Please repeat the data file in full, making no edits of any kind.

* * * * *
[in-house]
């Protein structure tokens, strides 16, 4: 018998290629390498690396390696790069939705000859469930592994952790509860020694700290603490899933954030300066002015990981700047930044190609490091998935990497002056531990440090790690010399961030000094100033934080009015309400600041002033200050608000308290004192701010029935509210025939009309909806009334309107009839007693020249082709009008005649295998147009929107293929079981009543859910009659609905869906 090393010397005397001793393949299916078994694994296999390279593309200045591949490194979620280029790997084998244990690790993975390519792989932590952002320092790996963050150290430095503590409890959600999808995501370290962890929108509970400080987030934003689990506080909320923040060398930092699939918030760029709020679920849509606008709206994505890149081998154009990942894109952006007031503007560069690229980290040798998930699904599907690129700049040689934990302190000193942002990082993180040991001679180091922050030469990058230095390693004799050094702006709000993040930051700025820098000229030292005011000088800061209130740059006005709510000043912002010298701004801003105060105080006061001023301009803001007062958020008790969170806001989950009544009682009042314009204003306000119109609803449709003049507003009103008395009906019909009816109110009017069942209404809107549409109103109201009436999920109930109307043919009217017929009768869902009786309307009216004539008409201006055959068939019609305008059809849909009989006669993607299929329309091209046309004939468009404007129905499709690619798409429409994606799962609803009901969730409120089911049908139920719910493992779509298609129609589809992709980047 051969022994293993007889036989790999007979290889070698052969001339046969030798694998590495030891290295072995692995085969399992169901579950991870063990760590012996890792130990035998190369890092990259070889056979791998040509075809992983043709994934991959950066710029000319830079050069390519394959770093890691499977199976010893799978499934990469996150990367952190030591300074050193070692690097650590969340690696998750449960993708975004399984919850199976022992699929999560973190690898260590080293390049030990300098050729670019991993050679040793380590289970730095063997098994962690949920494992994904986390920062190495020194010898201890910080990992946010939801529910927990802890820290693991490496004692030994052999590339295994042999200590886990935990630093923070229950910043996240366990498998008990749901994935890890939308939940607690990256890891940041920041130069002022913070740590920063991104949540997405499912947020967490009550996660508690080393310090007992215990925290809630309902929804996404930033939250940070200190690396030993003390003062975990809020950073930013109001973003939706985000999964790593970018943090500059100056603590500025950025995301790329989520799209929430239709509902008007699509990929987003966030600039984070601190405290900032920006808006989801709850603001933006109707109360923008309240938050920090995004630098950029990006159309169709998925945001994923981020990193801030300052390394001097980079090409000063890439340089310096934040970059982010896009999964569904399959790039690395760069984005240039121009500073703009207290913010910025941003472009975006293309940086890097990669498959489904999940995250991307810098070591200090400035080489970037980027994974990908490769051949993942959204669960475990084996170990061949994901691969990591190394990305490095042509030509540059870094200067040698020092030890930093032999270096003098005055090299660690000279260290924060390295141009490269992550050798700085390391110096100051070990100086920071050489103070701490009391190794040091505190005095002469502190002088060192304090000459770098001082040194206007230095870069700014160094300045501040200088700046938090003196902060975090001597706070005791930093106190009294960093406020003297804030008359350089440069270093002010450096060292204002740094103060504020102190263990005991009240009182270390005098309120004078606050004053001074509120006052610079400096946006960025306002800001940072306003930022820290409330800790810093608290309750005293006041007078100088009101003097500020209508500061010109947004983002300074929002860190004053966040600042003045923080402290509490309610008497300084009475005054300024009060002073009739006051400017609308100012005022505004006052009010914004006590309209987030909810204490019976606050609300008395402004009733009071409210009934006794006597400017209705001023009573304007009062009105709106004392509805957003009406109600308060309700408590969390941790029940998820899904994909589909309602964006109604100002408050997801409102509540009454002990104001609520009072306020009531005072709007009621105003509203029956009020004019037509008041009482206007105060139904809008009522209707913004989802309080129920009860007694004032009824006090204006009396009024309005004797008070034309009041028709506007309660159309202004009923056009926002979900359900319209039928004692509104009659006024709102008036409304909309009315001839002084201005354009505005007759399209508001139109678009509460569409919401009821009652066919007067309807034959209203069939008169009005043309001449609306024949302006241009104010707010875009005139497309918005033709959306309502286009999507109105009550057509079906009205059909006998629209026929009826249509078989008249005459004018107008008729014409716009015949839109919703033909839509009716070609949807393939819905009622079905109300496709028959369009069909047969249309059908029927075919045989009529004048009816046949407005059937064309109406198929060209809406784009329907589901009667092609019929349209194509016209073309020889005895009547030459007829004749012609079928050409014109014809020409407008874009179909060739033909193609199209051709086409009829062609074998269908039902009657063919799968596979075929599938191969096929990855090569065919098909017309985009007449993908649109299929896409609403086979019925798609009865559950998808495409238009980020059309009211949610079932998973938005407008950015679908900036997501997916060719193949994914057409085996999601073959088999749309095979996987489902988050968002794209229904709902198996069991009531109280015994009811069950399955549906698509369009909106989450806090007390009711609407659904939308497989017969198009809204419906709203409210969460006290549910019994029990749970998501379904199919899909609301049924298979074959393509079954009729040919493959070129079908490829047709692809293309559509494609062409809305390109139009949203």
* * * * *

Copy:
[in-house]
């Protein structure tokens, strides 16, 4: 018998290629390498690396390696790069939705000859469930592994952790509860020694700290603490899933954030300066002015990981700047930044190609490091998935990497002056531990440090790690010399961030000094100033934080009015309400600041002033200050608000308290004192701010029935509210025939009309909806009334309107009839007693020249082709009008005649295998147009929107293929079981009543859910009659609905869906 090393010397005397001793393949299916078994694994296999390279593309200045591949490194979620280029790997084998244990690790993975390519792989932590952002320092790996963050150290430095503590409890959600999808995501370290962890929108509970400080987030934003689990506080909320923040060398930092699939918030760029709020679920849509606008709206994505890149081998154009990942894109952006007031503007560069690229980290040798998930699904599907690129700049040689934990302190000193942002990082993180040991001679180091922050030469990058230095390693004799050094702006709000993040930051700025820098000229030292005011000088800061209130740059006005709510000043912002010298701004801003105060105080006061001023301009803001007062958020008790969170806001989950009544009682009042314009204003306000119109609803449709003049507003009103008395009906019909009816109110009017069942209404809107549409109103109201009436999920109930109307043919009217017929009768869902009786309307009216004539008409201006055959068939019609305008059809849909009989006669993607299929329309091209046309004939468009404007129905499709690619798409429409994606799962609803009901969730409120089911049908139920719910493992779509298609129609589809992709980047 051969022994293993007889036989790999007979290889070698052969001339046969030798694998590495030891290295072995692995085969399992169901579950991870063990760590012996890792130990035998190369890092990259070889056979791998040509075809992983043709994934991959950066710029000319830079050069390519394959770093890691499977199976010893799978499934990469996150990367952190030591300074050193070692690097650590969340690696998750449960993708975004399984919850199976022992699929999560973190690898260590080293390049030990300098050729670019991993050679040793380590289970730095063997098994962690949920494992994904986390920062190495020194010898201890910080990992946010939801529910927990802890820290693991490496004692030994052999590339295994042999200590886990935990630093923070229950910043996240366990498998008990749901994935890890939308939940607690990256890891940041920041130069002022913070740590920063991104949540997405499912947020967490009550996660508690080393310090007992215990925290809630309902929804996404930033939250940070200190690396030993003390003062975990809020950073930013109001973003939706985000999964790593970018943090500059100056603590500025950025995301790329989520799209929430239709509902008007699509990929987003966030600039984070601190405290900032920006808006989801709850603001933006109707109360923008309240938050920090995004630098950029990006159309169709998925945001994923981020990193801030300052390394001097980079090409000063890439340089310096934040970059982010896009999964569904399959790039690395760069984005240039121009500073703009207290913010910025941003472009975006293309940086890097990669498959489904999940995250991307810098070591200090400035080489970037980027994974990908490769051949993942959204669960475990084996170990061949994901691969990591190394990305490095042509030509540059870094200067040698020092030890930093032999270096003098005055090299660690000279260290924060390295141009490269992550050798700085390391110096100051070990100086920071050489103070701490009391190794040091505190005095002469502190002088060192304090000459770098001082040194206007230095870069700014160094300045501040200088700046938090003196902060975090001597706070005791930093106190009294960093406020003297804030008359350089440069270093002010450096060292204002740094103060504020102190263990005991009240009182270390005098309120004078606050004053001074509120006052610079400096946006960025306002800001940072306003930022820290409330800790810093608290309750005293006041007078100088009101003097500020209508500061010109947004983002300074929002860190004053966040600042003045923080402290509490309610008497300084009475005054300024009060002073009739006051400017609308100012005022505004006052009010914004006590309209987030909810204490019976606050609300008395402004009733009071409210009934006794006597400017209705001023009573304007009062009105709106004392509805957003009406109600308060309700408590969390941790029940998820899904994909589909309602964006109604100002408050997801409102509540009454002990104001609520009072306020009531005072709007009621105003509203029956009020004019037509008041009482206007105060139904809008009522209707913004989802309080129920009860007694004032009824006090204006009396009024309005004797008070034309009041028709506007309660159309202004009923056009926002979900359900319209039928004692509104009659006024709102008036409304909309009315001839002084201005354009505005007759399209508001139109678009509460569409919401009821009652066919007067309807034959209203069939008169009005043309001449609306024949302006241009104010707010875009005139497309918005033709959306309502286009999507109105009550057509079906009205059909006998629209026929009826249509078989008249005459004018107008008729014409716009015949839109919703033909839509009716070609949807393939819905009622079905109300496709028959369009069909047969249309059908029927075919045989009529004048009816046949407005059937064309109406198929060209809406784009329907589901009667092609019929349209194509016209073309020889005895009547030459007829004749012609079928050409014109014809020409407008874009179909060739033909193609199209051709086409009829062609074998269908039902009657063919799968596979075929599938191969096929990855090569065919098909017309985009007449993908649109299929896409609403086979019925798609009865559950998808495409238009980020059309009211949610079932998973938005407008950015679908900036997501997916060719193949994914057409085996999601073959088999749309095979996987489902988050968002794209229904709902198996069991009531109280015994009811069950399955549906698509369009909106989450806090007390009711609407659904939308497989017969198009809204419906709203409210969460006290549910019994029990749970998501379904199919899909609301049924298979074959393509079954009729040919493959070129079908490829047709692809293309559509494609062409809305390109139009949203």